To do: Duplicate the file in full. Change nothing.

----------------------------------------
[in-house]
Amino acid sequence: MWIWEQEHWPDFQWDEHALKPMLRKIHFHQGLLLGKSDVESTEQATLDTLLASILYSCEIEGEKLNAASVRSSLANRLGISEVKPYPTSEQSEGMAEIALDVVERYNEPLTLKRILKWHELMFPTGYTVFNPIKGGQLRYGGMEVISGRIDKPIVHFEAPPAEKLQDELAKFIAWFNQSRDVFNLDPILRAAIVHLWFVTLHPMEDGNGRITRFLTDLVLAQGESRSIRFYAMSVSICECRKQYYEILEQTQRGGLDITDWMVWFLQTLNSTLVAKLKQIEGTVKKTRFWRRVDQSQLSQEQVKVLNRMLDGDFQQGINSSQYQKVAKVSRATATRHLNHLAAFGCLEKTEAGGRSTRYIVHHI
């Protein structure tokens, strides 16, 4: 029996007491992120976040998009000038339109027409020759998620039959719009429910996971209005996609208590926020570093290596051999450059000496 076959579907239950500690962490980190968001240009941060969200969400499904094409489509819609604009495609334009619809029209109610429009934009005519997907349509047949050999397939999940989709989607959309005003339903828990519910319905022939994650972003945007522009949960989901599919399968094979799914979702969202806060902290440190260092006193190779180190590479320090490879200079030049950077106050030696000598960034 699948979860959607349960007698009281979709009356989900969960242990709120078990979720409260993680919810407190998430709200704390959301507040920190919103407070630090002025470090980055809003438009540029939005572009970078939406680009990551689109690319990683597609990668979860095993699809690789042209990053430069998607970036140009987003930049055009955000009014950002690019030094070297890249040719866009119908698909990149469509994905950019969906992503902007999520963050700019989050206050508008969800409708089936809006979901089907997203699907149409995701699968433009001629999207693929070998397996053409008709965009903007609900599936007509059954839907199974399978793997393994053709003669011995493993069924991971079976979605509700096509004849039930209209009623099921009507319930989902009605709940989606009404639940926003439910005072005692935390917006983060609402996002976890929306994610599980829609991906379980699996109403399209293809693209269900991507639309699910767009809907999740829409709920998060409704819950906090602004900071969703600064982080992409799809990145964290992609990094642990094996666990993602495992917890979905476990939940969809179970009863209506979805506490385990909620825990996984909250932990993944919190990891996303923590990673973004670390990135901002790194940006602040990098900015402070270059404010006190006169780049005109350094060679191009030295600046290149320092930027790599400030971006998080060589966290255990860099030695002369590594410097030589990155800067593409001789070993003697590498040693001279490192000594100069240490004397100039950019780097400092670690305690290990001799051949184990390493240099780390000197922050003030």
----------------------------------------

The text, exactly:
[in-house]
Amino acid sequence: MWIWEQEHWPDFQWDEHALKPMLRKIHFHQGLLLGKSDVESTEQATLDTLLASILYSCEIEGEKLNAASVRSSLANRLGISEVKPYPTSEQSEGMAEIALDVVERYNEPLTLKRILKWHELMFPTGYTVFNPIKGGQLRYGGMEVISGRIDKPIVHFEAPPAEKLQDELAKFIAWFNQSRDVFNLDPILRAAIVHLWFVTLHPMEDGNGRITRFLTDLVLAQGESRSIRFYAMSVSICECRKQYYEILEQTQRGGLDITDWMVWFLQTLNSTLVAKLKQIEGTVKKTRFWRRVDQSQLSQEQVKVLNRMLDGDFQQGINSSQYQKVAKVSRATATRHLNHLAAFGCLEKTEAGGRSTRYIVHHI
């Protein structure tokens, strides 16, 4: 029996007491992120976040998009000038339109027409020759998620039959719009429910996971209005996609208590926020570093290596051999450059000496 076959579907239950500690962490980190968001240009941060969200969400499904094409489509819609604009495609334009619809029209109610429009934009005519997907349509047949050999397939999940989709989607959309005003339903828990519910319905022939994650972003945007522009949960989901599919399968094979799914979702969202806060902290440190260092006193190779180190590479320090490879200079030049950077106050030696000598960034 699948979860959607349960007698009281979709009356989900969960242990709120078990979720409260993680919810407190998430709200704390959301507040920190919103407070630090002025470090980055809003438009540029939005572009970078939406680009990551689109690319990683597609990668979860095993699809690789042209990053430069998607970036140009987003930049055009955000009014950002690019030094070297890249040719866009119908698909990149469509994905950019969906992503902007999520963050700019989050206050508008969800409708089936809006979901089907997203699907149409995701699968433009001629999207693929070998397996053409008709965009903007609900599936007509059954839907199974399978793997393994053709003669011995493993069924991971079976979605509700096509004849039930209209009623099921009507319930989902009605709940989606009404639940926003439910005072005692935390917006983060609402996002976890929306994610599980829609991906379980699996109403399209293809693209269900991507639309699910767009809907999740829409709920998060409704819950906090602004900071969703600064982080992409799809990145964290992609990094642990094996666990993602495992917890979905476990939940969809179970009863209506979805506490385990909620825990996984909250932990993944919190990891996303923590990673973004670390990135901002790194940006602040990098900015402070270059404010006190006169780049005109350094060679191009030295600046290149320092930027790599400030971006998080060589966290255990860099030695002369590594410097030589990155800067593409001789070993003697590498040693001279490192000594100069240490004397100039950019780097400092670690305690290990001799051949184990390493240099780390000197922050003030």